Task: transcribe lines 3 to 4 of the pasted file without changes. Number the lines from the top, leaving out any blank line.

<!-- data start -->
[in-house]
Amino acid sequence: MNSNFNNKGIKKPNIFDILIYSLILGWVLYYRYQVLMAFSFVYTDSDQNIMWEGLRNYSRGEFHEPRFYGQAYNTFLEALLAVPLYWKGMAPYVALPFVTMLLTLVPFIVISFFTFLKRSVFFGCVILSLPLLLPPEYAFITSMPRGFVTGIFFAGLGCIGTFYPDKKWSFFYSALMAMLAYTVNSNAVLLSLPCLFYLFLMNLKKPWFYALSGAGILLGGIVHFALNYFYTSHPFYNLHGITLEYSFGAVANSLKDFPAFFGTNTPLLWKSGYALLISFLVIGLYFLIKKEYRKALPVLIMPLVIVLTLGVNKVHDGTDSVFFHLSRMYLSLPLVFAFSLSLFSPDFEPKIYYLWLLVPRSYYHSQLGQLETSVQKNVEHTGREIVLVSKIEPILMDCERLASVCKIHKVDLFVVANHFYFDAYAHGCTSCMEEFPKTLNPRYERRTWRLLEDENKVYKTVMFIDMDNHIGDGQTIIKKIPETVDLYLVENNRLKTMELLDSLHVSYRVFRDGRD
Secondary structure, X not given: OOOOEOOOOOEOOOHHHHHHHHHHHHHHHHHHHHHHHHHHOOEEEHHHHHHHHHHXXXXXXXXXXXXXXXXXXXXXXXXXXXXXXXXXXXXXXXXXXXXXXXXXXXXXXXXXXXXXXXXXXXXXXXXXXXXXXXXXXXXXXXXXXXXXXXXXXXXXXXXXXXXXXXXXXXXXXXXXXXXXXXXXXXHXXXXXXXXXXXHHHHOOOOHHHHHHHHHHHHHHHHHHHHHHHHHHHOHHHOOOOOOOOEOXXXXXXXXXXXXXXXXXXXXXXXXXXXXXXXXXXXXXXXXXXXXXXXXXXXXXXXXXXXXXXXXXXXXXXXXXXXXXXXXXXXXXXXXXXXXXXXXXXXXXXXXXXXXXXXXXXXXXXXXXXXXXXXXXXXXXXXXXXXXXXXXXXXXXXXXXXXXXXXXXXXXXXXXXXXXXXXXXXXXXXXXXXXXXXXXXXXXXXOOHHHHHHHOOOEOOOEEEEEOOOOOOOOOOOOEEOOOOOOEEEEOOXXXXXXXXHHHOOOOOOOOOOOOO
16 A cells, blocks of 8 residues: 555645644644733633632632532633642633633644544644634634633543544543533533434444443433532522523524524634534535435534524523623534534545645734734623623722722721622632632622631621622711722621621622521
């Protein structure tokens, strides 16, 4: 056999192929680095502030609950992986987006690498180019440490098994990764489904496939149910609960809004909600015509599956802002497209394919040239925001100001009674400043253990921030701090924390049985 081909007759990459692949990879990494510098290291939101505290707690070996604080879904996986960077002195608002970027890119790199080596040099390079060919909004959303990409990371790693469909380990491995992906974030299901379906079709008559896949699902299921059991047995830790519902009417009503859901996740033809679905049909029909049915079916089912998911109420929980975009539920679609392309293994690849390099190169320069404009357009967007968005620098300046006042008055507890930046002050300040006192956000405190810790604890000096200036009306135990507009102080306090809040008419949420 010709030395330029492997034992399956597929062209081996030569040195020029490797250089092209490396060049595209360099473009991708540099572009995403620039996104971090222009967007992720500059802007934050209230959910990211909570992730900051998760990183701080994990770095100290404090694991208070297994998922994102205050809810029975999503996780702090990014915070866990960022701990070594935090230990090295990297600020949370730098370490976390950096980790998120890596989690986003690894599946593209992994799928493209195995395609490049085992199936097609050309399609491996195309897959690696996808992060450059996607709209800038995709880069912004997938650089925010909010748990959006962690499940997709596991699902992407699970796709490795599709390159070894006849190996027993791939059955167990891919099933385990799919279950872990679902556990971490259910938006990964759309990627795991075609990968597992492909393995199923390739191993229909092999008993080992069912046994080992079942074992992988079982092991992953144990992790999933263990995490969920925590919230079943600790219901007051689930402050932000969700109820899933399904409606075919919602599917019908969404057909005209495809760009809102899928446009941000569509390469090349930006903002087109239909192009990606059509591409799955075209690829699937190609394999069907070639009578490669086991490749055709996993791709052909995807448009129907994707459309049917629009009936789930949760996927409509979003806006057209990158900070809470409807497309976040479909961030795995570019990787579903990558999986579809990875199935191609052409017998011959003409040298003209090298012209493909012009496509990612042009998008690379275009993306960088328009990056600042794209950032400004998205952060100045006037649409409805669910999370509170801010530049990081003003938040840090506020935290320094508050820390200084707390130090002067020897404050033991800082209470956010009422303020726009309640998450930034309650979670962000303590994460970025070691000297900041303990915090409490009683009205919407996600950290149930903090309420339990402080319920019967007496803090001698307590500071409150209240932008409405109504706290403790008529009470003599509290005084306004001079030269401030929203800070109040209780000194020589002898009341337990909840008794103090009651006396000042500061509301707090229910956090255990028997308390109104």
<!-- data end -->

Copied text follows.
Secondary structure, X not given: OOOOEOOOOOEOOOHHHHHHHHHHHHHHHHHHHHHHHHHHOOEEEHHHHHHHHHHXXXXXXXXXXXXXXXXXXXXXXXXXXXXXXXXXXXXXXXXXXXXXXXXXXXXXXXXXXXXXXXXXXXXXXXXXXXXXXXXXXXXXXXXXXXXXXXXXXXXXXXXXXXXXXXXXXXXXXXXXXXXXXXXXXXHXXXXXXXXXXXHHHHOOOOHHHHHHHHHHHHHHHHHHHHHHHHHHHOHHHOOOOOOOOEOXXXXXXXXXXXXXXXXXXXXXXXXXXXXXXXXXXXXXXXXXXXXXXXXXXXXXXXXXXXXXXXXXXXXXXXXXXXXXXXXXXXXXXXXXXXXXXXXXXXXXXXXXXXXXXXXXXXXXXXXXXXXXXXXXXXXXXXXXXXXXXXXXXXXXXXXXXXXXXXXXXXXXXXXXXXXXXXXXXXXXXXXXXXXXXXXXXXXXXOOHHHHHHHOOOEOOOEEEEEOOOOOOOOOOOOEEOOOOOOEEEEOOXXXXXXXXHHHOOOOOOOOOOOOO
16 A cells, blocks of 8 residues: 555645644644733633632632532633642633633644544644634634633543544543533533434444443433532522523524524634534535435534524523623534534545645734734623623722722721622632632622631621622711722621621622521